“We have had the opportunity of reading this through and I must confess it seems to me the most unutterable trash. Literary criticism is, however, not within our province of officiality. Apart from that there are quite a number of points which it is undesirable to see published … and I very much doubt if descriptions such as that of General Gubbins acting as a horse in a sham bullfight would be sanctioned by those concerned.” Thus starts a correspondence from the War Office to Paddy on the subject of a draft of Stanley Moss’ book.
In April 1945 the War Office were in receipt of a draft Moss’ book Ill Met by Moonlight. Paddy’s recently released SOE file shows that not only were they sensitive to the security aspects of the book, but these Staff Officers thought very little of its literary style.
It appears that Moss had given Paddy ‘full powers’ to deal with the publication of the book. This seems to have dragged Paddy into some degree of trouble.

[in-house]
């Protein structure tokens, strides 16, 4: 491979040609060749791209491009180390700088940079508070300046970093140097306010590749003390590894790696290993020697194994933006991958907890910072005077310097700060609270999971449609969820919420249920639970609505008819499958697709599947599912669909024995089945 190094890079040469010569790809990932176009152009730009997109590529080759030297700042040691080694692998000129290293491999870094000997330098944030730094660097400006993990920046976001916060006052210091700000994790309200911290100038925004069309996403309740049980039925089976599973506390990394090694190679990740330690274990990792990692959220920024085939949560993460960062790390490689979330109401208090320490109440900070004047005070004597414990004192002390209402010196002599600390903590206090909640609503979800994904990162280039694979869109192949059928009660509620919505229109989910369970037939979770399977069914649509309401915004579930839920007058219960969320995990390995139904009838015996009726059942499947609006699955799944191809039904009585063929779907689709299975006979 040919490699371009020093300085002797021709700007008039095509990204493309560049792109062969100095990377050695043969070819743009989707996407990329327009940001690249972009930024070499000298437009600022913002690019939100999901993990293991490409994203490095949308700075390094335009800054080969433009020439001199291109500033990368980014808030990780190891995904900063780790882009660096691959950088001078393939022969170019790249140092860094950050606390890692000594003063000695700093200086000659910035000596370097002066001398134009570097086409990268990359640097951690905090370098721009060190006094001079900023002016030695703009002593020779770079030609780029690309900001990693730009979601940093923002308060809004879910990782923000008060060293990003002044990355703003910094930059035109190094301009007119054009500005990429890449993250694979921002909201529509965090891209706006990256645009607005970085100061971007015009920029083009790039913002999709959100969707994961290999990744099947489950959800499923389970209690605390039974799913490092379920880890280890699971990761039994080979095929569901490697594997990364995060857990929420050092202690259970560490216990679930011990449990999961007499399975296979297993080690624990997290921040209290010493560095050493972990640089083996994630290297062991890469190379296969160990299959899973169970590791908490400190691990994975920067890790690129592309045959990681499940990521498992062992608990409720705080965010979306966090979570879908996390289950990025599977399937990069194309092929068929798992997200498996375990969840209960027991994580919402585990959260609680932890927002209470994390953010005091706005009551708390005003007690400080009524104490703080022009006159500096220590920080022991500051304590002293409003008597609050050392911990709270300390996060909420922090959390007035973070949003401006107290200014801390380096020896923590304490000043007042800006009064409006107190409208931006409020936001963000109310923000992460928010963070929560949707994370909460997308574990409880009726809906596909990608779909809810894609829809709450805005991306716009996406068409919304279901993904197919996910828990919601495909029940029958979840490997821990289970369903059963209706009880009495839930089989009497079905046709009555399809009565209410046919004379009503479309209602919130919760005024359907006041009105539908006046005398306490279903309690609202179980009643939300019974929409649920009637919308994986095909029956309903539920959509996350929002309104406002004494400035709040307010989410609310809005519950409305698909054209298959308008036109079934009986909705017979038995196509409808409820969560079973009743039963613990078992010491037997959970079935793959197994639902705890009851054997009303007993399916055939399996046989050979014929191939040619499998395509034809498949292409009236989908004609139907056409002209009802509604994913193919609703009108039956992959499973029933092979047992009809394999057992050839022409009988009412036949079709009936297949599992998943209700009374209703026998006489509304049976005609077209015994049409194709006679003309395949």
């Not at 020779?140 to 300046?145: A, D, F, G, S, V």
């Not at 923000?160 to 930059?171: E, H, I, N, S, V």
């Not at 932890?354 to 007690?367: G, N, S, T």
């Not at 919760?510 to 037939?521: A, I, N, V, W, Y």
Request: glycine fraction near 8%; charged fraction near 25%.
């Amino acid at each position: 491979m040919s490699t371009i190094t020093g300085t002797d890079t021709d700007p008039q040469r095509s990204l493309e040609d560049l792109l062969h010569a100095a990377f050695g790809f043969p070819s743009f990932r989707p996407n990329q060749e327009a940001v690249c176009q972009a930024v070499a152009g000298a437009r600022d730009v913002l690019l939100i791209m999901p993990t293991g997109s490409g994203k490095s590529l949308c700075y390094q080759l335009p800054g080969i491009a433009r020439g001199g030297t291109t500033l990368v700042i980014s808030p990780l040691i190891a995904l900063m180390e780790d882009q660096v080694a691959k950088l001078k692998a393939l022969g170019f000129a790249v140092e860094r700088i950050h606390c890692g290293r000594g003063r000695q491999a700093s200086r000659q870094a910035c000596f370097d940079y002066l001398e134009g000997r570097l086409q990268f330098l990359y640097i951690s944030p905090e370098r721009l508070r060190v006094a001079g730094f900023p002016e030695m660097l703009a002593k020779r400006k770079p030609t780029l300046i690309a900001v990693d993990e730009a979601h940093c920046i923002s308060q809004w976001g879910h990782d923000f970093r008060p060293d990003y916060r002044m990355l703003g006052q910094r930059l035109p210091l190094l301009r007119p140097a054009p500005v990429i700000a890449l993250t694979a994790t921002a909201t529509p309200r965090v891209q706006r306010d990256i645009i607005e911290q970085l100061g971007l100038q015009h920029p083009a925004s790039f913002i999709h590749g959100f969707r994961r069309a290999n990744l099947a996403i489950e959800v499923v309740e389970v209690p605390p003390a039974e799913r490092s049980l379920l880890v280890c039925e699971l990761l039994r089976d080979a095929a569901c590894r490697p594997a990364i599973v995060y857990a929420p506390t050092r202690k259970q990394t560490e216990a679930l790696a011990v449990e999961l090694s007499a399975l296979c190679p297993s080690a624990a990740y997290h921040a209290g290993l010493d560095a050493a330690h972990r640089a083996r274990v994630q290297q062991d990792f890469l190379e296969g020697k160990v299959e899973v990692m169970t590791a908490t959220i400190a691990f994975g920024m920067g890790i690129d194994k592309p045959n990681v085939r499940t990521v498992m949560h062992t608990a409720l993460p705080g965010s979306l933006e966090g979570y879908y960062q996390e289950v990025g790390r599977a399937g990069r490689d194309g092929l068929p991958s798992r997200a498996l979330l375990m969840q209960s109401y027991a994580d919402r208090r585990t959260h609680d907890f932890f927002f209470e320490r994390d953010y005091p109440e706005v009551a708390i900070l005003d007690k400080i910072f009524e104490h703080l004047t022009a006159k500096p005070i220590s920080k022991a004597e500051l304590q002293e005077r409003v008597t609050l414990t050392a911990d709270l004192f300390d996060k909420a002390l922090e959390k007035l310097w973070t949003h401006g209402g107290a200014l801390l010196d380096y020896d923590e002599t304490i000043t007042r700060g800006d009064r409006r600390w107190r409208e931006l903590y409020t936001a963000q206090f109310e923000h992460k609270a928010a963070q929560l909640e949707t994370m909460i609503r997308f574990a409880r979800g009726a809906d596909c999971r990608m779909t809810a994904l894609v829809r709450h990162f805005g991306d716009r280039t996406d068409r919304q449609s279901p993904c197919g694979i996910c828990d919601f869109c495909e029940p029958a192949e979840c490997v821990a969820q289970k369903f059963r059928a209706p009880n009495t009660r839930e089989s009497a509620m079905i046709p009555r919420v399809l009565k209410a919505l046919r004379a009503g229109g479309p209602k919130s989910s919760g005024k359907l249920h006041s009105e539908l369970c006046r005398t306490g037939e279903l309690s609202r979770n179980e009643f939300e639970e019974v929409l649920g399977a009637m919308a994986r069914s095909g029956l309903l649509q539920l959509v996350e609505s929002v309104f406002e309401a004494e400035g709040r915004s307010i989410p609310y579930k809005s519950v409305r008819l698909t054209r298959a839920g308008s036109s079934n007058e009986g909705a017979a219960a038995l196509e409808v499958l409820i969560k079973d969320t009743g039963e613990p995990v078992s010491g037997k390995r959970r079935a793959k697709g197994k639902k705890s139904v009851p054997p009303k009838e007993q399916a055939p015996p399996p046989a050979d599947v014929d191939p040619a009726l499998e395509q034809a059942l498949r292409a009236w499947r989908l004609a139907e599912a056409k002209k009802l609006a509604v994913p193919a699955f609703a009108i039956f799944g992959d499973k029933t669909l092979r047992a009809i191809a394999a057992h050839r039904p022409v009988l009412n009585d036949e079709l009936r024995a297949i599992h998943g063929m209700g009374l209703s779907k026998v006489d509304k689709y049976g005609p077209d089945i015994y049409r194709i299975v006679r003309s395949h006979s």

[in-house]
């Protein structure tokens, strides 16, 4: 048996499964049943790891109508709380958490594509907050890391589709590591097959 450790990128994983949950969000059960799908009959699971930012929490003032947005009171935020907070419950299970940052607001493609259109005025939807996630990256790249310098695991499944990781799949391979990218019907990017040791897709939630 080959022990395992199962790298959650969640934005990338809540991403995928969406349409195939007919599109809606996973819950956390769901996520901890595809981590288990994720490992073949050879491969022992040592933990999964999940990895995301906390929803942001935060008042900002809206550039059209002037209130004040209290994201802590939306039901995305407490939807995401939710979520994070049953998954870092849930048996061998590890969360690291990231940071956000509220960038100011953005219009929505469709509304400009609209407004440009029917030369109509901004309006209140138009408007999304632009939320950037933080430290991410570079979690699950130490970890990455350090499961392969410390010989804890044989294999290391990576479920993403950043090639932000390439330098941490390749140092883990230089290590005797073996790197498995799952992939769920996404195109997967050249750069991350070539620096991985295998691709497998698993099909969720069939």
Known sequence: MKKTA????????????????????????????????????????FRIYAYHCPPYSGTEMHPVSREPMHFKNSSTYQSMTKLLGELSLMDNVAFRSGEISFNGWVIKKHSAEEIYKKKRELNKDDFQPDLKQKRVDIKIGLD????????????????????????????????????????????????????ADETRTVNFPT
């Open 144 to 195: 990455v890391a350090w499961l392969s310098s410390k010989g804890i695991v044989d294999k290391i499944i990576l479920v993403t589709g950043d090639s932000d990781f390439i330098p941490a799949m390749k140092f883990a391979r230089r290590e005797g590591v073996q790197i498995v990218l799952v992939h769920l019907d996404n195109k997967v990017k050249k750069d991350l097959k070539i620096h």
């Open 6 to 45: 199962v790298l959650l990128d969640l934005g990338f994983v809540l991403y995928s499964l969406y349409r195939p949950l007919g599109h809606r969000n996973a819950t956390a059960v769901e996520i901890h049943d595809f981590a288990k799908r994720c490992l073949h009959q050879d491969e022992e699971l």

In a letter dated 29 March 1945 an officer says “LEIGH-FERMOR does not submit willingly to discipline, and I think, requires firm handling.”
The correspondence is quite amusing “Good taste and discretion are hardly attributes of the writer as illustrated by his description of one of his lady friends as an “over-sexed mongoose”. It is clear that the final version was quite severely edited, but some of the missing parts are quoted at length by Staff Officers who clearly had too much time on their hands .. or were they merely jealous that they had missed out on all the fun in Cairo?
Paddy himself in a covering letter to Colonel Talbot Rice with the submission of the draft for clearance says; “It is not a very good book – too much is made of too little” But he did think it would “sell like blazes”.
It would seem that Paddy was on close terms with David Talbot-Rice, who with his wife Tamara, had been part of the Evelyn Waugh “Brideshead” circle. Does anyone know if their friendship with Paddy persisted?